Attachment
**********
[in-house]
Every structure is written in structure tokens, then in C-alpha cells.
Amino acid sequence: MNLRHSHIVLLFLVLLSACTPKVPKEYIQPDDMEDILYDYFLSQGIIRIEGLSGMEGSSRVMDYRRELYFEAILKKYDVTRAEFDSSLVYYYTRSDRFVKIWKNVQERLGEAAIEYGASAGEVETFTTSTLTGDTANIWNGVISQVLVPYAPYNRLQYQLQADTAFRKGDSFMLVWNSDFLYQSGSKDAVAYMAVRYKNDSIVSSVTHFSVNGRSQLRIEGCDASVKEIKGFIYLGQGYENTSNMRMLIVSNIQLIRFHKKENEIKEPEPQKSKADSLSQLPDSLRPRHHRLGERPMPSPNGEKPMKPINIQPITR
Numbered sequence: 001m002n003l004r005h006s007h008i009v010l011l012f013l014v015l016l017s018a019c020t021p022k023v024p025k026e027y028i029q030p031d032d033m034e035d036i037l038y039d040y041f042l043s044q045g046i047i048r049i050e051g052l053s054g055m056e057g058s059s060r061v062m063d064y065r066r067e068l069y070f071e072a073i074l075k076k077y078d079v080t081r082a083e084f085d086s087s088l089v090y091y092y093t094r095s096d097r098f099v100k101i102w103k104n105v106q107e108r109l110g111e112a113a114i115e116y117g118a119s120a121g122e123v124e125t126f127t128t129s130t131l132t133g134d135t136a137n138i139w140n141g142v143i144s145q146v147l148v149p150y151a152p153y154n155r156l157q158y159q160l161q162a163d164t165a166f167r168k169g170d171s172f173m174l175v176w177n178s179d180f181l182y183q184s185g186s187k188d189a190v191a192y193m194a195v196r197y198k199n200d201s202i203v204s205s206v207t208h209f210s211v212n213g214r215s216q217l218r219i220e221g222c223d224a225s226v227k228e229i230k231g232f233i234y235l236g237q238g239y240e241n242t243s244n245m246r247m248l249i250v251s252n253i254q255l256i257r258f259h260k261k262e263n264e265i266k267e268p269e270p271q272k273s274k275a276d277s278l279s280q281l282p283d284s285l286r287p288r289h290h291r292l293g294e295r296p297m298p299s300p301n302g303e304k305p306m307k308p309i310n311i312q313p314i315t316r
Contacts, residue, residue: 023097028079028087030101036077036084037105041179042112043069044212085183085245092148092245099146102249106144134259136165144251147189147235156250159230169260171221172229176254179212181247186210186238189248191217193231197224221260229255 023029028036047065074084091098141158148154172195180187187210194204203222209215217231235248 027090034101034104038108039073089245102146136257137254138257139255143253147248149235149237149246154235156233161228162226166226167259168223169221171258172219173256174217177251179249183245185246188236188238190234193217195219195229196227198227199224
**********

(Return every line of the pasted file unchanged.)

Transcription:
[in-house]
Every structure is written in structure tokens, then in C-alpha cells.
Amino acid sequence: MNLRHSHIVLLFLVLLSACTPKVPKEYIQPDDMEDILYDYFLSQGIIRIEGLSGMEGSSRVMDYRRELYFEAILKKYDVTRAEFDSSLVYYYTRSDRFVKIWKNVQERLGEAAIEYGASAGEVETFTTSTLTGDTANIWNGVISQVLVPYAPYNRLQYQLQADTAFRKGDSFMLVWNSDFLYQSGSKDAVAYMAVRYKNDSIVSSVTHFSVNGRSQLRIEGCDASVKEIKGFIYLGQGYENTSNMRMLIVSNIQLIRFHKKENEIKEPEPQKSKADSLSQLPDSLRPRHHRLGERPMPSPNGEKPMKPINIQPITR
Numbered sequence: 001m002n003l004r005h006s007h008i009v010l011l012f013l014v015l016l017s018a019c020t021p022k023v024p025k026e027y028i029q030p031d032d033m034e035d036i037l038y039d040y041f042l043s044q045g046i047i048r049i050e051g052l053s054g055m056e057g058s059s060r061v062m063d064y065r066r067e068l069y070f071e072a073i074l075k076k077y078d079v080t081r082a083e084f085d086s087s088l089v090y091y092y093t094r095s096d097r098f099v100k101i102w103k104n105v106q107e108r109l110g111e112a113a114i115e116y117g118a119s120a121g122e123v124e125t126f127t128t129s130t131l132t133g134d135t136a137n138i139w140n141g142v143i144s145q146v147l148v149p150y151a152p153y154n155r156l157q158y159q160l161q162a163d164t165a166f167r168k169g170d171s172f173m174l175v176w177n178s179d180f181l182y183q184s185g186s187k188d189a190v191a192y193m194a195v196r197y198k199n200d201s202i203v204s205s206v207t208h209f210s211v212n213g214r215s216q217l218r219i220e221g222c223d224a225s226v227k228e229i230k231g232f233i234y235l236g237q238g239y240e241n242t243s244n245m246r247m248l249i250v251s252n253i254q255l256i257r258f259h260k261k262e263n264e265i266k267e268p269e270p271q272k273s274k275a276d277s278l279s280q281l282p283d284s285l286r287p288r289h290h291r292l293g294e295r296p297m298p299s300p301n302g303e304k305p306m307k308p309i310n311i312q313p314i315t316r
Contacts, residue, residue: 023097028079028087030101036077036084037105041179042112043069044212085183085245092148092245099146102249106144134259136165144251147189147235156250159230169260171221172229176254179212181247186210186238189248191217193231197224221260229255 023029028036047065074084091098141158148154172195180187187210194204203222209215217231235248 027090034101034104038108039073089245102146136257137254138257139255143253147248149235149237149246154235156233161228162226166226167259168223169221171258172219173256174217177251179249183245185246188236188238190234193217195219195229196227198227199224